Four Chinese Export Porcelain Octagonal Plates from Ignatius Sargent's Service
By the time Americans entered the China trade after the Revolution, the ritual relationships between Chinese merchants and Western traders had long been established. One important aspect of this trade was the virtual exclusion of westerners from daily intercourse with the Chinese people. Canton (Guangzhou) was the only Chinese port city where westerners could live. They were restricted to an area along the waterfront less than a quarter of a mile square full of warehouses with living quarters.
To the traders of the British East India Company, the scene in Canton harbor was in many ways similar to the bustling Thames River of London, for, like London, Canton was an inland river port. William Hickey, a visitor to Canton in 1769, compared these two great trading centers:
The scene upon the water [in Canton] is as busy as the Thames below London Bridge, with this difference, that instead of our square-rigged vessels of different dimensions you have junks . . . Nothing appears more extraordinary to the eyes of a stranger at Canton than the innumerable boats of different sizes with which the river is covered for many miles together.1Howard 1974, 329. Other examples from this service are in the Victoria and Albert Museum and in Washington and Lee University (The Reeves Collection). A plate appears on the dust jacket and as the frontispiece to Godden 1979.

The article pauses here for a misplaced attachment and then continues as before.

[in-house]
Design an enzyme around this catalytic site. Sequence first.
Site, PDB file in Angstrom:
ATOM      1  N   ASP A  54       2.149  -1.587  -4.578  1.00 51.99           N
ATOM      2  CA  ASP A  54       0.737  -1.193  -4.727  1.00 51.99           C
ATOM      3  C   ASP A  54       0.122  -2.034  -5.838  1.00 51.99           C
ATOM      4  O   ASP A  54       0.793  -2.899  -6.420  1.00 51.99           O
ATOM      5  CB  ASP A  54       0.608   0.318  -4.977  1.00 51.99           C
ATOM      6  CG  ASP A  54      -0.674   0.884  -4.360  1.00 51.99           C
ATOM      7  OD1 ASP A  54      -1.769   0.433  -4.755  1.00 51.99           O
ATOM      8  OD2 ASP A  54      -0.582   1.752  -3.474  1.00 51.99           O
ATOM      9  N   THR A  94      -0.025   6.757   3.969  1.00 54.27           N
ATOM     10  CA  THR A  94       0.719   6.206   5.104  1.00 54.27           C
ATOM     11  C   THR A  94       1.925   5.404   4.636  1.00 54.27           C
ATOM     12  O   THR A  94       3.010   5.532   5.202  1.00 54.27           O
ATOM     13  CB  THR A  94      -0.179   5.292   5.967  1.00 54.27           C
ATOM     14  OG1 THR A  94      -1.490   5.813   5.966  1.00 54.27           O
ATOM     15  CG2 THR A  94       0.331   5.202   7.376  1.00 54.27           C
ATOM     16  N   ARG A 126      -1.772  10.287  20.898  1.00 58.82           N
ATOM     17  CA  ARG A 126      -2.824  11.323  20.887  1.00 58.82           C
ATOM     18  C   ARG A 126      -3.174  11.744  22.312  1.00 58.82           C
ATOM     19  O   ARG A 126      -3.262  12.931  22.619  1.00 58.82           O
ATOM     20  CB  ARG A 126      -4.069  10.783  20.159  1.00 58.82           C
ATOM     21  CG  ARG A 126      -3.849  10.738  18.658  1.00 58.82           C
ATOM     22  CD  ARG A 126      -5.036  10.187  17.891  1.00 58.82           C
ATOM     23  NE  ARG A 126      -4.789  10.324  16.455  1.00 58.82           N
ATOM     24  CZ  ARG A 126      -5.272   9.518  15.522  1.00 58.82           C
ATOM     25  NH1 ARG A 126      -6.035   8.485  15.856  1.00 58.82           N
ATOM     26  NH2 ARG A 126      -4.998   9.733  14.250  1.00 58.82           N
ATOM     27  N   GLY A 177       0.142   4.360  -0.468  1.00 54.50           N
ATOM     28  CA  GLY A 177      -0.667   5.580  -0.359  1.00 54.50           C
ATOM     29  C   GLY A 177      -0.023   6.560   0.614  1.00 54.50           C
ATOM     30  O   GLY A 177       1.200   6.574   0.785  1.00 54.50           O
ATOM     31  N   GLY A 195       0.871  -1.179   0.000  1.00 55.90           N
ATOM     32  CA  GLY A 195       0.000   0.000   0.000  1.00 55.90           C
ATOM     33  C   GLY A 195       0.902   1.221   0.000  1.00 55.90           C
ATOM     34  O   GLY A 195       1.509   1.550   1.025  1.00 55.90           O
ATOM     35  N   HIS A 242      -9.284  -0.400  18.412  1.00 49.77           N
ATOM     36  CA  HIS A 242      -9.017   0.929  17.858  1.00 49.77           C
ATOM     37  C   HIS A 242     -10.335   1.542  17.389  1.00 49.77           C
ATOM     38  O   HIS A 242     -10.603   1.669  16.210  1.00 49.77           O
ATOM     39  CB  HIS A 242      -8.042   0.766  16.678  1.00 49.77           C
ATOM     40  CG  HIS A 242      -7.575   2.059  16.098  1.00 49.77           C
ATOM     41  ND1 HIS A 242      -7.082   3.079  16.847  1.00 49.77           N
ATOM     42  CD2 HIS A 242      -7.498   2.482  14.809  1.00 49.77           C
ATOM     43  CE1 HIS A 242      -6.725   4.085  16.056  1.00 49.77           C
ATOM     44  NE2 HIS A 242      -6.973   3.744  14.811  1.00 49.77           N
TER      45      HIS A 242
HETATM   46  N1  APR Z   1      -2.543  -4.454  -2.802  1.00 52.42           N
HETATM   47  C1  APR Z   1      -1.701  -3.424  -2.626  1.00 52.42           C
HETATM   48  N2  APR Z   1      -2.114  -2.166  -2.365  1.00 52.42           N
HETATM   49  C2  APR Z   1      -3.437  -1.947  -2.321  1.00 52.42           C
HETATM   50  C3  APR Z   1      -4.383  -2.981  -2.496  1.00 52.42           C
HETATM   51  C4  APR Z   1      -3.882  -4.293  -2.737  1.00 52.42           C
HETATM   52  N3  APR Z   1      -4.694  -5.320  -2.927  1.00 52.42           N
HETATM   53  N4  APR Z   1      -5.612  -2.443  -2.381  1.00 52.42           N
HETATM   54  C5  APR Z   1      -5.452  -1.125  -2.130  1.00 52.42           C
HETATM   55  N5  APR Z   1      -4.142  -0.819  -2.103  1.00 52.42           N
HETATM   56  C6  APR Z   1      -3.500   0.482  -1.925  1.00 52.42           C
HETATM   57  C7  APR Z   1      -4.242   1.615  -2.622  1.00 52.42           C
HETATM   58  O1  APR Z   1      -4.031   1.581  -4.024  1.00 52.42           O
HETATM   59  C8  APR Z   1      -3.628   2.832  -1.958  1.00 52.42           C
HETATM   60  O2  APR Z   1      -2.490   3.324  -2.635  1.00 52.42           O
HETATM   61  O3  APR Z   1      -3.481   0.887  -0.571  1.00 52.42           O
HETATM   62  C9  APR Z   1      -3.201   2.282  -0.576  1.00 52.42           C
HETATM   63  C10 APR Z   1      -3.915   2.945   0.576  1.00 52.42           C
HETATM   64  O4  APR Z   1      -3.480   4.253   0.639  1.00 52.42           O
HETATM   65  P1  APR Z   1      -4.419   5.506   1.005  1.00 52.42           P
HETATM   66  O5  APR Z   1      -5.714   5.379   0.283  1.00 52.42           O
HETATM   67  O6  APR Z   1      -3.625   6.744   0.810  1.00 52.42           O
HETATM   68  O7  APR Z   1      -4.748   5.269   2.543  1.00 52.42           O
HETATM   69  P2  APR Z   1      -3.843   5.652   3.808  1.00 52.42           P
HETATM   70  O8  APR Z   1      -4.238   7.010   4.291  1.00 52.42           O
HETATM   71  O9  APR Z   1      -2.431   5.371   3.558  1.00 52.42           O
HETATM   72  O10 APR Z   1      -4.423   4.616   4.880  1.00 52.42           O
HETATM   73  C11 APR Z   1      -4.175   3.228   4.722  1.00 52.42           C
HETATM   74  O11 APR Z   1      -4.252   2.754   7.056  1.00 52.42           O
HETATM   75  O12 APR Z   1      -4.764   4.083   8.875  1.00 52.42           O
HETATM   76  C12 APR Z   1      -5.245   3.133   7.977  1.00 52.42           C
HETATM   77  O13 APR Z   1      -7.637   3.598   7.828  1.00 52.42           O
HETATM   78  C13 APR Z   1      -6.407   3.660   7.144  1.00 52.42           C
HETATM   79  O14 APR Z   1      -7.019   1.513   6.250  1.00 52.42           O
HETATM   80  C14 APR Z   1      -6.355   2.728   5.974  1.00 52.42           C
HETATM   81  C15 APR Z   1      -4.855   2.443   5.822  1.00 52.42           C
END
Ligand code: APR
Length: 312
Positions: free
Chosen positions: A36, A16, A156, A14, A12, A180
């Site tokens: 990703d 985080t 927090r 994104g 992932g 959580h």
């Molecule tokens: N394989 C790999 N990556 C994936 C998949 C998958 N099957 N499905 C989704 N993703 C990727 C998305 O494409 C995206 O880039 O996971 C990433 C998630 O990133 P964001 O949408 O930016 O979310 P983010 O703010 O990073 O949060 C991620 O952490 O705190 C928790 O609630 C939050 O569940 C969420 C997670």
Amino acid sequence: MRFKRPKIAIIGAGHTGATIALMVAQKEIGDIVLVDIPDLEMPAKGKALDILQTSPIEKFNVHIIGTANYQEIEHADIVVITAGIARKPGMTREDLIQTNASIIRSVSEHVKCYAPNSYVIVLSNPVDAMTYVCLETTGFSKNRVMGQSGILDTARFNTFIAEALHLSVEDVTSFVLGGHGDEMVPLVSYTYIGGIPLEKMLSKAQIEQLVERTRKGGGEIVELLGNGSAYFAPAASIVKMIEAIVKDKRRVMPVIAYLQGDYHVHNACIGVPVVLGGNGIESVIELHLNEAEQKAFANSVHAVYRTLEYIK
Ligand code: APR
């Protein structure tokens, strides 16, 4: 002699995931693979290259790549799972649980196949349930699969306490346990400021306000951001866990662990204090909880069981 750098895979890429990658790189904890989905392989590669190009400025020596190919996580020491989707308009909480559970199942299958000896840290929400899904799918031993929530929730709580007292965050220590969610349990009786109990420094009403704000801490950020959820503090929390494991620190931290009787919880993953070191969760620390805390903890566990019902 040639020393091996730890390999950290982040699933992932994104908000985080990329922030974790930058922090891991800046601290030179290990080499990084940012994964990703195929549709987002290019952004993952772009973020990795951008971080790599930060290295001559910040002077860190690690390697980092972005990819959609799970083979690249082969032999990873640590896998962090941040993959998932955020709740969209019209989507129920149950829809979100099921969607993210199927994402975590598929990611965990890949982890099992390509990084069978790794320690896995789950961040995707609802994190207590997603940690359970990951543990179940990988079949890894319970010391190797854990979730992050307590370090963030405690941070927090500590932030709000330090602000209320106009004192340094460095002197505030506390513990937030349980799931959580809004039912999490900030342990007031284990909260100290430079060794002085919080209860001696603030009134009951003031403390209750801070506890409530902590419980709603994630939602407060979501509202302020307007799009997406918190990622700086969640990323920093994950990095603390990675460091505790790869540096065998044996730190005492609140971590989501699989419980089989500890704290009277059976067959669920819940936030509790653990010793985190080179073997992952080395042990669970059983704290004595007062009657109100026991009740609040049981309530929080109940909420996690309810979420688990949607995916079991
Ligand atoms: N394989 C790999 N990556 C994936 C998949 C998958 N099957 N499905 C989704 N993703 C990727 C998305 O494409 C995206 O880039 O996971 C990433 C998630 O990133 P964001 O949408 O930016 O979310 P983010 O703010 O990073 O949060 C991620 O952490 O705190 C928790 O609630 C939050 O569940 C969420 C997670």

The contrasts and similarities of these two trading centers that Hickey describes can be seen in the exquisitely detailed scenes painted en grisaille in enamel on the border of this plate. Two panels, each of London from Southwark with London Bridge in the foreground and the Pearl River just below Canton, are combined with two smaller panels of gold and iron-red flowers.
Armorial dinner services were popular among wealthy Englishmen who ordered some four thousand of them over the years. Americans, however, largely eschewed this indulgence and only a few American services are truly armorial (see Acc. No. 85.43).
Ellen P. Denker and Bert R. Denker
Excerpted from Clement E. Conger, et al. Treasures of State: Fine and Decorative Arts in the Diplomatic Reception Rooms of the U.S. Department of State. New York: H.N. Abrams, 1991.